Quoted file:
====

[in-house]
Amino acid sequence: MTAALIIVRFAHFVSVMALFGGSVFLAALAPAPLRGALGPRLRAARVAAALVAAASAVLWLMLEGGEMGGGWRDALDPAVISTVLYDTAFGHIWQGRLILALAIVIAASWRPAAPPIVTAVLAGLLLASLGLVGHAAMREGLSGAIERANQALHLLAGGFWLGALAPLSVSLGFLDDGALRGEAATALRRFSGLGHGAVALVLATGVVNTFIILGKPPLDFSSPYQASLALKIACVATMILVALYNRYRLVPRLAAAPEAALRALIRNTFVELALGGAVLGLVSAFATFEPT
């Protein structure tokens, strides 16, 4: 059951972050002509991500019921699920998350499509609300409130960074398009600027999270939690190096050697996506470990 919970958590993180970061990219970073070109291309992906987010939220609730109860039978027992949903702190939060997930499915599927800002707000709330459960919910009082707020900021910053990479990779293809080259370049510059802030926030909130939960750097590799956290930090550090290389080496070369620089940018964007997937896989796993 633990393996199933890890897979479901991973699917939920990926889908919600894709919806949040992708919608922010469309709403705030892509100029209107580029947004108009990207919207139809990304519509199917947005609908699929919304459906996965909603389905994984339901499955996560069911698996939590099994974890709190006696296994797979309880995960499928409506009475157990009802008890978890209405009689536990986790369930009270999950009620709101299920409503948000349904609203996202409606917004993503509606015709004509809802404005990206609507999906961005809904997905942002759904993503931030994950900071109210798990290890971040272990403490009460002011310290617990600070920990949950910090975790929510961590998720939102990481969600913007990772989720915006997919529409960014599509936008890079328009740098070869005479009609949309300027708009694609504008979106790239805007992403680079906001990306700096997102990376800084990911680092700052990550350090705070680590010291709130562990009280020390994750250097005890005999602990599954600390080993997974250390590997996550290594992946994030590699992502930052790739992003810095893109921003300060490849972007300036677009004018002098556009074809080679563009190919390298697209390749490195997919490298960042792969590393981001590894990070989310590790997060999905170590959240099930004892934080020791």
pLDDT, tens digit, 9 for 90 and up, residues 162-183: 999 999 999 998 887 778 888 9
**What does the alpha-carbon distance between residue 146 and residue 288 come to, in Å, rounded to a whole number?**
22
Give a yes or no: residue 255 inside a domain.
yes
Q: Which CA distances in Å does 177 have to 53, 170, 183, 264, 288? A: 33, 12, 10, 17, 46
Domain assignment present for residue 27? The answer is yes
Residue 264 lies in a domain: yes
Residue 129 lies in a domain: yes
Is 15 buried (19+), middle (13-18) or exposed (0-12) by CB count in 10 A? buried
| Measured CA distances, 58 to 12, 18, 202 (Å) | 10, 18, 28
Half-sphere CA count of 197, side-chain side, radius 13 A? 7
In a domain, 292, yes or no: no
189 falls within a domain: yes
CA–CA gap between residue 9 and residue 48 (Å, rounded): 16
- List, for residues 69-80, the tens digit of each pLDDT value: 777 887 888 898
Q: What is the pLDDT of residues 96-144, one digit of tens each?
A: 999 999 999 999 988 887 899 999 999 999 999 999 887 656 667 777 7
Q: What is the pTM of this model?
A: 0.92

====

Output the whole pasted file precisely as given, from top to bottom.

[in-house]
Amino acid sequence: MTAALIIVRFAHFVSVMALFGGSVFLAALAPAPLRGALGPRLRAARVAAALVAAASAVLWLMLEGGEMGGGWRDALDPAVISTVLYDTAFGHIWQGRLILALAIVIAASWRPAAPPIVTAVLAGLLLASLGLVGHAAMREGLSGAIERANQALHLLAGGFWLGALAPLSVSLGFLDDGALRGEAATALRRFSGLGHGAVALVLATGVVNTFIILGKPPLDFSSPYQASLALKIACVATMILVALYNRYRLVPRLAAAPEAALRALIRNTFVELALGGAVLGLVSAFATFEPT
């Protein structure tokens, strides 16, 4: 059951972050002509991500019921699920998350499509609300409130960074398009600027999270939690190096050697996506470990 919970958590993180970061990219970073070109291309992906987010939220609730109860039978027992949903702190939060997930499915599927800002707000709330459960919910009082707020900021910053990479990779293809080259370049510059802030926030909130939960750097590799956290930090550090290389080496070369620089940018964007997937896989796993 633990393996199933890890897979479901991973699917939920990926889908919600894709919806949040992708919608922010469309709403705030892509100029209107580029947004108009990207919207139809990304519509199917947005609908699929919304459906996965909603389905994984339901499955996560069911698996939590099994974890709190006696296994797979309880995960499928409506009475157990009802008890978890209405009689536990986790369930009270999950009620709101299920409503948000349904609203996202409606917004993503509606015709004509809802404005990206609507999906961005809904997905942002759904993503931030994950900071109210798990290890971040272990403490009460002011310290617990600070920990949950910090975790929510961590998720939102990481969600913007990772989720915006997919529409960014599509936008890079328009740098070869005479009609949309300027708009694609504008979106790239805007992403680079906001990306700096997102990376800084990911680092700052990550350090705070680590010291709130562990009280020390994750250097005890005999602990599954600390080993997974250390590997996550290594992946994030590699992502930052790739992003810095893109921003300060490849972007300036677009004018002098556009074809080679563009190919390298697209390749490195997919490298960042792969590393981001590894990070989310590790997060999905170590959240099930004892934080020791």
pLDDT, tens digit, 9 for 90 and up, residues 162-183: 999 999 999 998 887 778 888 9
**What does the alpha-carbon distance between residue 146 and residue 288 come to, in Å, rounded to a whole number?**
22
Give a yes or no: residue 255 inside a domain.
yes
Q: Which CA distances in Å does 177 have to 53, 170, 183, 264, 288? A: 33, 12, 10, 17, 46
Domain assignment present for residue 27? The answer is yes
Residue 264 lies in a domain: yes
Residue 129 lies in a domain: yes
Is 15 buried (19+), middle (13-18) or exposed (0-12) by CB count in 10 A? buried
| Measured CA distances, 58 to 12, 18, 202 (Å) | 10, 18, 28
Half-sphere CA count of 197, side-chain side, radius 13 A? 7
In a domain, 292, yes or no: no
189 falls within a domain: yes
CA–CA gap between residue 9 and residue 48 (Å, rounded): 16
- List, for residues 69-80, the tens digit of each pLDDT value: 777 887 888 898
Q: What is the pLDDT of residues 96-144, one digit of tens each?
A: 999 999 999 999 988 887 899 999 999 999 999 999 887 656 667 777 7
Q: What is the pTM of this model?
A: 0.92